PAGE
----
It is appropriate to perceive the participatory budgeting (PB) as a supplement to current's representative democracy rather than its alternative. It is based on the restoration of the public dialogue between equal and free citizens, on the basis of which democratic decisions are made. Participatory budgeting can be considered as a deliberative tool.
Participatory budgets have begun to be applied since 1989 in Brazil (the legendary Porto Alegre town) and then spread over the American continent, especially to the USA. Over the last 15 years, they have been established in Europe (England, France, Lisbon, Berlin, Leipzig, Hamburg, Bonn, Sevilla, Cordoba, Rome, Scandinavia, etc.). Currently, the PBs operate in 1 500 cities worldwide. There are also up to 100 cities in Poland (Warsaw, Lodz, the city of Dabrowa Gornicza as a shining example etc.). Within the Visegrad Group, except for Prague and Warsaw, PBs are in the process also in Bratislava and many other towns.
New democracies since the 1990s have been tasked with launching a process of delegation of power to local governments, which has not always been done in a flexible way. In the post-communist states, there was a weakening of the state centrality in favor of decision-making procedures at the local level. This was necessary to create a scope for such mechanisms as a participatory budgeting.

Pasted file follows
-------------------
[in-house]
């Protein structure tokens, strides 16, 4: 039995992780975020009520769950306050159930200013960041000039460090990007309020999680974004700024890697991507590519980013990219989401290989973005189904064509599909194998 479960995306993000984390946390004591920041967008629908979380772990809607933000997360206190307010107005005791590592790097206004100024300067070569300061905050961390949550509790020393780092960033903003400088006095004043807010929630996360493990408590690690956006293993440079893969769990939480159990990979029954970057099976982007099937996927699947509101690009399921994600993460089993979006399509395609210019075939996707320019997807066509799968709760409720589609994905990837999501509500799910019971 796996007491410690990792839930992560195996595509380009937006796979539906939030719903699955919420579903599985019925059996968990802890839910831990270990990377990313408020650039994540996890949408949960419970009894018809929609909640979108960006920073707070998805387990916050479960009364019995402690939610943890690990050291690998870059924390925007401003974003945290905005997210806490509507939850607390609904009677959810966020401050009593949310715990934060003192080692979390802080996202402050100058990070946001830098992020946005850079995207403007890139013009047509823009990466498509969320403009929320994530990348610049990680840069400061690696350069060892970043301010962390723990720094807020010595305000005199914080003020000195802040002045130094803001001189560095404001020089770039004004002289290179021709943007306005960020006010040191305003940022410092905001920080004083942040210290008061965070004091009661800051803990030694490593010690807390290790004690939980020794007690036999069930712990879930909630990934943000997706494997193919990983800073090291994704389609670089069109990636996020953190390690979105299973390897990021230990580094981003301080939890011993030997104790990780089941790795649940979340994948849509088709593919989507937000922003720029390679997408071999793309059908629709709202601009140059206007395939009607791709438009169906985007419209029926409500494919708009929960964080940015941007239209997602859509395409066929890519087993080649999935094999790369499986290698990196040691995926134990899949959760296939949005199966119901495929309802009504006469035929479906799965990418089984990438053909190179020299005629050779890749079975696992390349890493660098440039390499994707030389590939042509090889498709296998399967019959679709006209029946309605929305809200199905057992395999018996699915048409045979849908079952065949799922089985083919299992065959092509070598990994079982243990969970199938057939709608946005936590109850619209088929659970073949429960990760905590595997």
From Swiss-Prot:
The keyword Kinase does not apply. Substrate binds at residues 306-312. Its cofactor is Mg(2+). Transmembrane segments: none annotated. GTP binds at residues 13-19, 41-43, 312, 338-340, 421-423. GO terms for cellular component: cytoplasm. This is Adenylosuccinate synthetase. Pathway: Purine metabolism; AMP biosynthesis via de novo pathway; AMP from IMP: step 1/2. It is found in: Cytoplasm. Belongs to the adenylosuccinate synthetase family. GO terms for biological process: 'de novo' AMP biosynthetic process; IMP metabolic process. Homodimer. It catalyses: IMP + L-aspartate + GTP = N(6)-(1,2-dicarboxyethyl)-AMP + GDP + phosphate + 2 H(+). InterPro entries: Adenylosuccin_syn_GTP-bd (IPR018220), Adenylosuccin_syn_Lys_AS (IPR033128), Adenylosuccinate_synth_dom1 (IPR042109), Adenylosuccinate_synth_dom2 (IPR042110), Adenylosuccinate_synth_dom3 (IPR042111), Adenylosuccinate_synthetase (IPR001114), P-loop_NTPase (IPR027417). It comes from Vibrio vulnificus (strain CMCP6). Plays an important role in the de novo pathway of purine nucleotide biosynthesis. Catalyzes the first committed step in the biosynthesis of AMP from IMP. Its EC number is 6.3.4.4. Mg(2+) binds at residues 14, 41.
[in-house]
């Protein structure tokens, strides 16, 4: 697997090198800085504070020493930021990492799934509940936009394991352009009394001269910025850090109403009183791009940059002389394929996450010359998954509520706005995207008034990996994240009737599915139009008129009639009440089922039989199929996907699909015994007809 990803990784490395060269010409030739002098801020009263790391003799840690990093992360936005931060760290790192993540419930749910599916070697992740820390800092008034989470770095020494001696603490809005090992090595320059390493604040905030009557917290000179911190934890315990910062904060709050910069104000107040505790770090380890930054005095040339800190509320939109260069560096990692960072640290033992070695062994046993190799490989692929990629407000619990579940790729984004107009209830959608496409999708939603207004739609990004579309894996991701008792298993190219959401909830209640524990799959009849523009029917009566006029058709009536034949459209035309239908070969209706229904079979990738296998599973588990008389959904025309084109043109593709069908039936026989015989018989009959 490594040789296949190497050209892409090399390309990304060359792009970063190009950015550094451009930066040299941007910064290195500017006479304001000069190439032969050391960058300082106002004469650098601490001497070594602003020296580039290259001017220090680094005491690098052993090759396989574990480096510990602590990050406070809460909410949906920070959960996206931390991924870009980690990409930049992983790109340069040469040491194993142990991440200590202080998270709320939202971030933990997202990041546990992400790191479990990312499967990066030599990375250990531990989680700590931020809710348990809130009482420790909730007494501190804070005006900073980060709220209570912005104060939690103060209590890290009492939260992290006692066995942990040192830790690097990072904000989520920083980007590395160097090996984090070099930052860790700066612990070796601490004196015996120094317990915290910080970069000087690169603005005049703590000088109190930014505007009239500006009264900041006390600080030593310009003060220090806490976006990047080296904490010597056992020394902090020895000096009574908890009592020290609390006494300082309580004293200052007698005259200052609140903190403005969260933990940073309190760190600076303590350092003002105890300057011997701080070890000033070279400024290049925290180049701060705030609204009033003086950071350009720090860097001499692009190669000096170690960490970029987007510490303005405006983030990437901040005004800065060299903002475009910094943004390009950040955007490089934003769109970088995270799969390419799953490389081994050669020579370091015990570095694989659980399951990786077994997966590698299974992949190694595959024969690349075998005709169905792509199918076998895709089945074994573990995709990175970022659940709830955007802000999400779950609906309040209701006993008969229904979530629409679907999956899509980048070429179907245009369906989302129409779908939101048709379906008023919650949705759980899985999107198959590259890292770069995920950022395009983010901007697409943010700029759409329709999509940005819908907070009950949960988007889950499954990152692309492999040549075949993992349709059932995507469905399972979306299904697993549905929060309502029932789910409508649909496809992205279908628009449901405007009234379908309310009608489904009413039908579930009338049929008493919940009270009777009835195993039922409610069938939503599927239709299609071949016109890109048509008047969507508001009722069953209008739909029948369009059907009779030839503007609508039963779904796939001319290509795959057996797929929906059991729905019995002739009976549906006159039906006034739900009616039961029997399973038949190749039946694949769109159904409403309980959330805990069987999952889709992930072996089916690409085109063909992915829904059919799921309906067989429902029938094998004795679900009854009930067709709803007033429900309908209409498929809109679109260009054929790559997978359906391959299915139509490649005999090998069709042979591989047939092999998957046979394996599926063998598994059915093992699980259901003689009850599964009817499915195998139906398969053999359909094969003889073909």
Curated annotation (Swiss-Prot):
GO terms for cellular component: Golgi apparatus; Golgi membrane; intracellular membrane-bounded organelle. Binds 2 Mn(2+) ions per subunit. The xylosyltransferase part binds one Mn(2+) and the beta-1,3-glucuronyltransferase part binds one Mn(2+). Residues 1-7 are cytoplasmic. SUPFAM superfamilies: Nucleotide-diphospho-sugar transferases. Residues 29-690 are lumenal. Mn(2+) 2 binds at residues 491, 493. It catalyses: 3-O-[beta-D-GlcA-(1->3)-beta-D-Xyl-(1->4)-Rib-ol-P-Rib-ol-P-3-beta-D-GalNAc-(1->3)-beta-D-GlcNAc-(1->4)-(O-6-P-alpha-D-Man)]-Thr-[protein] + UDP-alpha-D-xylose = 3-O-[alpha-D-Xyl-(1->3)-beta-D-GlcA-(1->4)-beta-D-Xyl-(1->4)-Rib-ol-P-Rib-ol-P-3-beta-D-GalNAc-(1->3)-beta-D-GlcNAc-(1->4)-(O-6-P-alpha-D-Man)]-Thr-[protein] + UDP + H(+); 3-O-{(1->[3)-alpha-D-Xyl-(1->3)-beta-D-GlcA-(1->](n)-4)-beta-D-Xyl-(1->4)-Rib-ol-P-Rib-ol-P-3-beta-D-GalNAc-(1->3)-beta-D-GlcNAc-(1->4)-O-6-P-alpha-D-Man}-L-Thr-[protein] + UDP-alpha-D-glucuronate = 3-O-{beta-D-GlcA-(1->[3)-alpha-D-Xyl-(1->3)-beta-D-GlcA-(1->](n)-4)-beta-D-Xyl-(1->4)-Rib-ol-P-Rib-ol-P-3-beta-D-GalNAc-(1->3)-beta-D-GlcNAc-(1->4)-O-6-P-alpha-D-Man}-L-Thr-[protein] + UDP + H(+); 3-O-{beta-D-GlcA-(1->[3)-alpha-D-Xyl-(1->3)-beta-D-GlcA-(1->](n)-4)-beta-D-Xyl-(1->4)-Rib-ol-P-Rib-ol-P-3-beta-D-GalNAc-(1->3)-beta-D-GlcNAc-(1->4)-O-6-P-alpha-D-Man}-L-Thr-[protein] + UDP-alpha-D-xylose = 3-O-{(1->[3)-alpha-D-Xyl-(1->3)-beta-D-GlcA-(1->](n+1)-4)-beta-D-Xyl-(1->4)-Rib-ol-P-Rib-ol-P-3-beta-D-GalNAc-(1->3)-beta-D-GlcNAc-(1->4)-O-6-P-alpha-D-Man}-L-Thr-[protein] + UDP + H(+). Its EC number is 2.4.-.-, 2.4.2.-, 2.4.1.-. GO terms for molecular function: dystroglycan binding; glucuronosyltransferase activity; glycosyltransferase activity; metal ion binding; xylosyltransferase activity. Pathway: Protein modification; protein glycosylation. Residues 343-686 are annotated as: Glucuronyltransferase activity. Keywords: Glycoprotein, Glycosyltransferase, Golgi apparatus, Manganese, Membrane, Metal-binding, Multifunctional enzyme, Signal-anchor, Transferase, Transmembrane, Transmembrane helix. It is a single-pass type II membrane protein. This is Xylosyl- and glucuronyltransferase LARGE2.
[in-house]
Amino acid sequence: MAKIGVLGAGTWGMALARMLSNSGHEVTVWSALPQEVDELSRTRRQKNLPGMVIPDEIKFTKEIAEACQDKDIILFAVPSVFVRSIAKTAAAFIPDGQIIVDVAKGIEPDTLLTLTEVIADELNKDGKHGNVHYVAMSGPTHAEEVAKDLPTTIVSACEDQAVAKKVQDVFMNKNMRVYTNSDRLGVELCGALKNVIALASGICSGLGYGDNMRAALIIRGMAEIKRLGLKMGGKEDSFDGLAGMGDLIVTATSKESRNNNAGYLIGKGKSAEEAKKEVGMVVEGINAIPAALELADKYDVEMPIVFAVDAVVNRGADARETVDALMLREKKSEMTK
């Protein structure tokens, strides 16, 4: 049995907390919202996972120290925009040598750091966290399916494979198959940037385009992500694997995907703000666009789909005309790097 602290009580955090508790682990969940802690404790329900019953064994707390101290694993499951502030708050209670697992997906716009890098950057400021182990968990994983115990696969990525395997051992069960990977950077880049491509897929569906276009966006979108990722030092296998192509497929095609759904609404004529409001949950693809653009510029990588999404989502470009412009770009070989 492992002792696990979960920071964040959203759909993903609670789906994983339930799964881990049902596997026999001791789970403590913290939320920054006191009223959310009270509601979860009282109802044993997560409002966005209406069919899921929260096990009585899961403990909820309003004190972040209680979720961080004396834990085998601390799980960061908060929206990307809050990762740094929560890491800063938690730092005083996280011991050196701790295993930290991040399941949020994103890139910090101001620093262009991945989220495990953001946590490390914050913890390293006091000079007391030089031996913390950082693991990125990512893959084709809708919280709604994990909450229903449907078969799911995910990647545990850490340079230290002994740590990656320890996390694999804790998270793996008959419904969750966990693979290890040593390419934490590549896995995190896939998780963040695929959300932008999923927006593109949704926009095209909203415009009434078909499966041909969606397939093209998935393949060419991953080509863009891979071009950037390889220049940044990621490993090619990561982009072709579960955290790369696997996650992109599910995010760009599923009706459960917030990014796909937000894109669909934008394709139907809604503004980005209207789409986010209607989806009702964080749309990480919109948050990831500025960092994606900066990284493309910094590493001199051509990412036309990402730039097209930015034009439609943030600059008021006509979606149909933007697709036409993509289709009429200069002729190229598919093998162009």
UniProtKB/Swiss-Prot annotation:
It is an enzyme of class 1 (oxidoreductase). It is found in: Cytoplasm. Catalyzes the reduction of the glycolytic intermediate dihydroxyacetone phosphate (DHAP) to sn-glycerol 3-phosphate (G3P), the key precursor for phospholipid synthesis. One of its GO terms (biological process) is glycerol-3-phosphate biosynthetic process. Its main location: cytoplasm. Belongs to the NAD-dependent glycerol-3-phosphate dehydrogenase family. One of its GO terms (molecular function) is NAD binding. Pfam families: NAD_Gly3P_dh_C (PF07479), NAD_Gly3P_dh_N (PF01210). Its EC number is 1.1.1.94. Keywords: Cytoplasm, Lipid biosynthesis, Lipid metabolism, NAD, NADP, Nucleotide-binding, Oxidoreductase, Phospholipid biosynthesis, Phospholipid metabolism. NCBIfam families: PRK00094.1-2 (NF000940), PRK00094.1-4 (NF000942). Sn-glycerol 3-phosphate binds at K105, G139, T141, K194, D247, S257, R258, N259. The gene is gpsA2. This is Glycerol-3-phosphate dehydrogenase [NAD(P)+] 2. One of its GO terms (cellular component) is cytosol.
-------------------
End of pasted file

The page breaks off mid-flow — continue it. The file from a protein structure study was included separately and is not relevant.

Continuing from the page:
The gatherings of the citizens within the process of participatory budget-making is also a great and simple opportunity to build a community – the people get to know their neighbors and may feel more bound to their town or village.
Since Belarus lacks the institution of participatory budgeting, we will concentrate on studying the experience of Poland, Czech Republic and Slovakia in order to take their experience into account when establishing this institution in Belarus.
Let us have a look at the way how participatory budget is financed, what is the general mechanism o f its implementation and which projects are suitable for being covered by PB.